On the other hand, the occasional inscrutable handwriting also offered a relevant opportunity, once we reached the computation stage: If you can only read the data for 11 of the 12 members of the group, what should you use to divide the total? What would happen to the mean if you divided by 12 instead of 11?

Also, once you got your mean, would it tell you anything about the huge variation in sizes of kids this age? No–only if you added information about the range, which wouldn’t actually get built into our model.

Could a very long-legged class member and a very short-legged class member cancel each other out? Yes, in effect. But in a class with several unusually long-legged people, would the mean probably be affected? Yes, again.

Meanwhile, what about the attributes described by words? For those, we found the mode, the most common answer or value, with interesting results. A math class with only 4 out of 13 blue-eyed students could wind up building a blue-eyed Average, if the rest of the kids were divided evenly among brown, green, and hazel. ‟So my brown eyes have disappeared from our Average representation?” a certain kind of kid would ask, even without being paid or prompted.

Representing data:

Ed's arm blueprint croppedAlthough they were working together, every child measured, and recorded measurements. Every child took part in finding the mean or mode for the attributes of his or her team’s assigned body part. Finally, every child drew a “blueprint.” Here’s Ed Pascoe’s blueprint for the arm and fingers.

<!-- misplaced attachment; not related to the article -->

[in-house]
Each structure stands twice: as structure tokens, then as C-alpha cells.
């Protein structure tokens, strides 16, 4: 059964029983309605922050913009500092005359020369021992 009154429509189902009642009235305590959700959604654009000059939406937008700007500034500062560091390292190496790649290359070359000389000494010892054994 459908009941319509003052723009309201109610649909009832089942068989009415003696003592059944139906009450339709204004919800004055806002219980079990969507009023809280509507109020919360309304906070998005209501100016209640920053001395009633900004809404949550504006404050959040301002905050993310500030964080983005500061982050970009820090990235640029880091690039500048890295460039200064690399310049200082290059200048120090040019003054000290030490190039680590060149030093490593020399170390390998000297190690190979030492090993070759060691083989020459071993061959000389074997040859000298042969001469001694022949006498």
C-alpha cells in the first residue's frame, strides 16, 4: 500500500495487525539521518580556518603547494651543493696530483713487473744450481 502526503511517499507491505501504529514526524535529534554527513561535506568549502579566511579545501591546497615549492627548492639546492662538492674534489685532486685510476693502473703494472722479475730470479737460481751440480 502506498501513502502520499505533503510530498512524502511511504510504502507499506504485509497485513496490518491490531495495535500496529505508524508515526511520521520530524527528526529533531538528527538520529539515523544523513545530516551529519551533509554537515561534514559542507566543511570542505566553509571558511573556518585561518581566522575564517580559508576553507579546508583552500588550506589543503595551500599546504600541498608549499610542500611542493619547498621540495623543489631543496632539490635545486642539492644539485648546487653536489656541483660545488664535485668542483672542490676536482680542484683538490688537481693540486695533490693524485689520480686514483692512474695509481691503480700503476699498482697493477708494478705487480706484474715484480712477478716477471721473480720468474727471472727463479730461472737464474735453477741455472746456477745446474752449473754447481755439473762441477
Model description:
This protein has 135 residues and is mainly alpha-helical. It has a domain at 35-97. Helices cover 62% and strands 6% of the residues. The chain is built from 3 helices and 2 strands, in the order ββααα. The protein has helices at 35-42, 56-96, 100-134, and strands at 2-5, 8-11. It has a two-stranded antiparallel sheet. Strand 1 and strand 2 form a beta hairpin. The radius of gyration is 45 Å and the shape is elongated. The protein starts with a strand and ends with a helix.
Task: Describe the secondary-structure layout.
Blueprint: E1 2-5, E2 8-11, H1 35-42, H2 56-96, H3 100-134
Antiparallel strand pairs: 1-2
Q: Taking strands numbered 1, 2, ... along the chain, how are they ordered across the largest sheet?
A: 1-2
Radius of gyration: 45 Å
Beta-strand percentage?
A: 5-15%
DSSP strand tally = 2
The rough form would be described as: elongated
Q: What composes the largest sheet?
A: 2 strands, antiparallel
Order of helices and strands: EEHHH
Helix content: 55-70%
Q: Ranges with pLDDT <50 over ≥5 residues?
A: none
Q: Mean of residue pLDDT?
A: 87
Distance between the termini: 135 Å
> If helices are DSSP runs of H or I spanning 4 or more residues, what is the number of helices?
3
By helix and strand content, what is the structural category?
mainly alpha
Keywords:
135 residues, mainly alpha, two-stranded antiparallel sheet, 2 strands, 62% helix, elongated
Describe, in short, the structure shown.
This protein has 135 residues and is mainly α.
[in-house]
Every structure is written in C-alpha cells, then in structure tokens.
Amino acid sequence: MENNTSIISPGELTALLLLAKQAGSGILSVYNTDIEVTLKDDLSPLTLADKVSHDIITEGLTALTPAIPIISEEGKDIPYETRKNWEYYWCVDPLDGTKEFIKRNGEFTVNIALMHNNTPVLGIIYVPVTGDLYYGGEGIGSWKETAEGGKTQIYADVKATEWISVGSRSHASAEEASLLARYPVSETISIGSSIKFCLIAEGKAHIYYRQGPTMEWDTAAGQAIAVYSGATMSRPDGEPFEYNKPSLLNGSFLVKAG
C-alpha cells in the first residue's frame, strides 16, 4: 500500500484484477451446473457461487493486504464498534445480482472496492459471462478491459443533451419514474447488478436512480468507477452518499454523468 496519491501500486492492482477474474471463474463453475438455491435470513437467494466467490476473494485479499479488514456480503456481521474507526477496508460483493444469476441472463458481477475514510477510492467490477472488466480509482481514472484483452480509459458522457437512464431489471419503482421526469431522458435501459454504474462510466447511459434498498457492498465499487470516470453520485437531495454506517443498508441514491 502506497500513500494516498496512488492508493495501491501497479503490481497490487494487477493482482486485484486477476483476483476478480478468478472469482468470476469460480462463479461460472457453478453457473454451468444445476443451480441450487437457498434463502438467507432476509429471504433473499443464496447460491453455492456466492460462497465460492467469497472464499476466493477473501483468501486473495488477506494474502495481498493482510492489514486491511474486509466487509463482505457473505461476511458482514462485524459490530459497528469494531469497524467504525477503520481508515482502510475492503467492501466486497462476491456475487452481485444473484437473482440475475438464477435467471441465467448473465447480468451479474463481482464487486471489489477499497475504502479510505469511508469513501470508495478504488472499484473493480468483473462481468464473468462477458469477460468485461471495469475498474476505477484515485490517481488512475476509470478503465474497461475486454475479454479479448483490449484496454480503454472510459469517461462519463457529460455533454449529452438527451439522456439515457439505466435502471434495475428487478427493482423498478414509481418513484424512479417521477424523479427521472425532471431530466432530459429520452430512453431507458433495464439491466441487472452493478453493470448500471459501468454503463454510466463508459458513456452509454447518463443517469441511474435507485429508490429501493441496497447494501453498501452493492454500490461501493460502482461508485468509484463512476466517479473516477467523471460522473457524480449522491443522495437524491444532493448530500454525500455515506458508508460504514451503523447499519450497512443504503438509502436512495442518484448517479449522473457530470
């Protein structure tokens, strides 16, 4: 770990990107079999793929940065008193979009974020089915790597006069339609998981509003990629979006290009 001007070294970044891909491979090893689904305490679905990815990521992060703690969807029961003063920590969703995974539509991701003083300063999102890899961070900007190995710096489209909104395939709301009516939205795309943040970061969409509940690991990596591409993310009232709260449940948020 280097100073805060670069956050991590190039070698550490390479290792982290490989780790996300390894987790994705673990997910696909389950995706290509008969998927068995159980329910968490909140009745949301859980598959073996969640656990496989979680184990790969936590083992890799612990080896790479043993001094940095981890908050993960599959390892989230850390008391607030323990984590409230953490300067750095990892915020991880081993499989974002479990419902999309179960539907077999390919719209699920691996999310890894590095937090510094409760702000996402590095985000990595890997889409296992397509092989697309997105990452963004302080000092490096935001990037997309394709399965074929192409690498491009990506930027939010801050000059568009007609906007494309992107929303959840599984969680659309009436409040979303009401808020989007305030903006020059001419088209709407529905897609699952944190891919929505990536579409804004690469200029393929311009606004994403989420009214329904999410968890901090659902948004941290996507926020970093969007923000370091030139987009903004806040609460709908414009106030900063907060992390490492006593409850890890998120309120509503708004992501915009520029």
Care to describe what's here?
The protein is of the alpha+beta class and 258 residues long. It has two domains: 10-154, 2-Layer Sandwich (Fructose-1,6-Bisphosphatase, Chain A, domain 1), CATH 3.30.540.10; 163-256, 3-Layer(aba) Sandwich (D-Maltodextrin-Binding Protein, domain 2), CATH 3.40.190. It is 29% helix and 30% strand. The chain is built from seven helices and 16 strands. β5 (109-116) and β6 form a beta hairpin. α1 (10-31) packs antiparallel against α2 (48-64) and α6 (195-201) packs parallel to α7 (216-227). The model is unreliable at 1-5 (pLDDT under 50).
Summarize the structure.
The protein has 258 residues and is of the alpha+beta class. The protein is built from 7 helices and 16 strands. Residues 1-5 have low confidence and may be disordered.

Julia's face blueprintEach person on the team assigned to manufacture the head and facial features, for example, started out by making a basic sketch of a face, and then labeled the mouth with the mean width of the mouth, the eyes with the color of the mode for eyes, and so on. Here’s Julia Bertolet’s blueprint for the head.

Then, following the suggestion of the curriculum, but apparently against common practice in most places using MathLand, we actually built our model. We were armed:

  • with blueprints, measuring tapes and invaluable partners, for quality control;
  • with brown grocery bags for skin, crumpled newspaper for insides, Sculpey for ears and nose, and miles of masking tape to hold it all together;
  • with paper fasteners for knee and elbow joints and a meter stick taped to the back of the chair to make this character a vertebrate, able to sit up proudly;
  • with the almost invariable blue jeans and t-shirt that fulfilled those modal mandates;
  • and with endless jokes. “Where did you put our torso now?” Etc.

Being mathematicians

All this took time, it’s true. Gobs of time, all of it worthwhile. As teacher, I could observe difficulties with measuring technique, awkwardness with calculators, challenges maintaining focus even with the physical reminder of the unfinished body part. I could identify unusual ability to ask the salient questions, or to solve construction problems, or unusual gracefulness in helping a partner stay on task. The kids could figure out what to expect from, and give to, each other. I could cheer on strengths, provide the necessary re-teaching or skill-building support, and encourage insight—and kids could do all that for each other—within an atmosphere of fun.

We were having fun. We were also thinking about questions central to so many math applications: questions about reliability of data; questions about precision; and questions about whether a calculated answer fits an intuited estimate, given the range of the data. We were doing what many adult users of mathematics do: using that language to explore the world.